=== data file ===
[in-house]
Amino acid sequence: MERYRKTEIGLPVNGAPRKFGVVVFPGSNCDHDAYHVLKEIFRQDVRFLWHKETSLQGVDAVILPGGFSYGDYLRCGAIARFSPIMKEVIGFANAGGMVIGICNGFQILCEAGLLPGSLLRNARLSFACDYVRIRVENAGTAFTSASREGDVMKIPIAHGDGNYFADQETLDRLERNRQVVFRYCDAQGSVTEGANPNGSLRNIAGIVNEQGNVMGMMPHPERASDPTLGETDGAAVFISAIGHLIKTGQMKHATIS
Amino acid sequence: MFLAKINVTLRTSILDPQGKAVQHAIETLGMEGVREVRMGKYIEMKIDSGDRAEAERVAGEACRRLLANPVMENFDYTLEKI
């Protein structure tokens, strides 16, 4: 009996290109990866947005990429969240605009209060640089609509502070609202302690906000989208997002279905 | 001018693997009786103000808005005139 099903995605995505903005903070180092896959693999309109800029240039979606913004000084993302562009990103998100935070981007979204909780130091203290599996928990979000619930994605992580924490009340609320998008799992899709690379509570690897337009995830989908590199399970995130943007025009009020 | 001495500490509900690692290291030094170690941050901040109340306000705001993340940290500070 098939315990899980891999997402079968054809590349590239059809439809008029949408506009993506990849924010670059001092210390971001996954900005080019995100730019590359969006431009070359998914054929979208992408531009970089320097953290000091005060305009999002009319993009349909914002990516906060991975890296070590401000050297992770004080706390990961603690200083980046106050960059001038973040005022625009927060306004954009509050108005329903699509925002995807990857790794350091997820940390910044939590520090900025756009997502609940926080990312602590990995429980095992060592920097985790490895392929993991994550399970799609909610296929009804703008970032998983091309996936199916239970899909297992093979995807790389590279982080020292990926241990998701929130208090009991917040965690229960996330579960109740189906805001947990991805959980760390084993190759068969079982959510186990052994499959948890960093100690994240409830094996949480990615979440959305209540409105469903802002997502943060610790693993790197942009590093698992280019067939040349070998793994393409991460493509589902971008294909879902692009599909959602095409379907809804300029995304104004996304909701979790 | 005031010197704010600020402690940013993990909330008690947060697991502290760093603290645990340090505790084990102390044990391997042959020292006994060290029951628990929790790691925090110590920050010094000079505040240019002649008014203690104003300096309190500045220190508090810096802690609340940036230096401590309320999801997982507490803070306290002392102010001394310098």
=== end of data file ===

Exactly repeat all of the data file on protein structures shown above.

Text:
[in-house]
Amino acid sequence: MERYRKTEIGLPVNGAPRKFGVVVFPGSNCDHDAYHVLKEIFRQDVRFLWHKETSLQGVDAVILPGGFSYGDYLRCGAIARFSPIMKEVIGFANAGGMVIGICNGFQILCEAGLLPGSLLRNARLSFACDYVRIRVENAGTAFTSASREGDVMKIPIAHGDGNYFADQETLDRLERNRQVVFRYCDAQGSVTEGANPNGSLRNIAGIVNEQGNVMGMMPHPERASDPTLGETDGAAVFISAIGHLIKTGQMKHATIS
Amino acid sequence: MFLAKINVTLRTSILDPQGKAVQHAIETLGMEGVREVRMGKYIEMKIDSGDRAEAERVAGEACRRLLANPVMENFDYTLEKI
């Protein structure tokens, strides 16, 4: 009996290109990866947005990429969240605009209060640089609509502070609202302690906000989208997002279905 | 001018693997009786103000808005005139 099903995605995505903005903070180092896959693999309109800029240039979606913004000084993302562009990103998100935070981007979204909780130091203290599996928990979000619930994605992580924490009340609320998008799992899709690379509570690897337009995830989908590199399970995130943007025009009020 | 001495500490509900690692290291030094170690941050901040109340306000705001993340940290500070 098939315990899980891999997402079968054809590349590239059809439809008029949408506009993506990849924010670059001092210390971001996954900005080019995100730019590359969006431009070359998914054929979208992408531009970089320097953290000091005060305009999002009319993009349909914002990516906060991975890296070590401000050297992770004080706390990961603690200083980046106050960059001038973040005022625009927060306004954009509050108005329903699509925002995807990857790794350091997820940390910044939590520090900025756009997502609940926080990312602590990995429980095992060592920097985790490895392929993991994550399970799609909610296929009804703008970032998983091309996936199916239970899909297992093979995807790389590279982080020292990926241990998701929130208090009991917040965690229960996330579960109740189906805001947990991805959980760390084993190759068969079982959510186990052994499959948890960093100690994240409830094996949480990615979440959305209540409105469903802002997502943060610790693993790197942009590093698992280019067939040349070998793994393409991460493509589902971008294909879902692009599909959602095409379907809804300029995304104004996304909701979790 | 005031010197704010600020402690940013993990909330008690947060697991502290760093603290645990340090505790084990102390044990391997042959020292006994060290029951628990929790790691925090110590920050010094000079505040240019002649008014203690104003300096309190500045220190508090810096802690609340940036230096401590309320999801997982507490803070306290002392102010001394310098």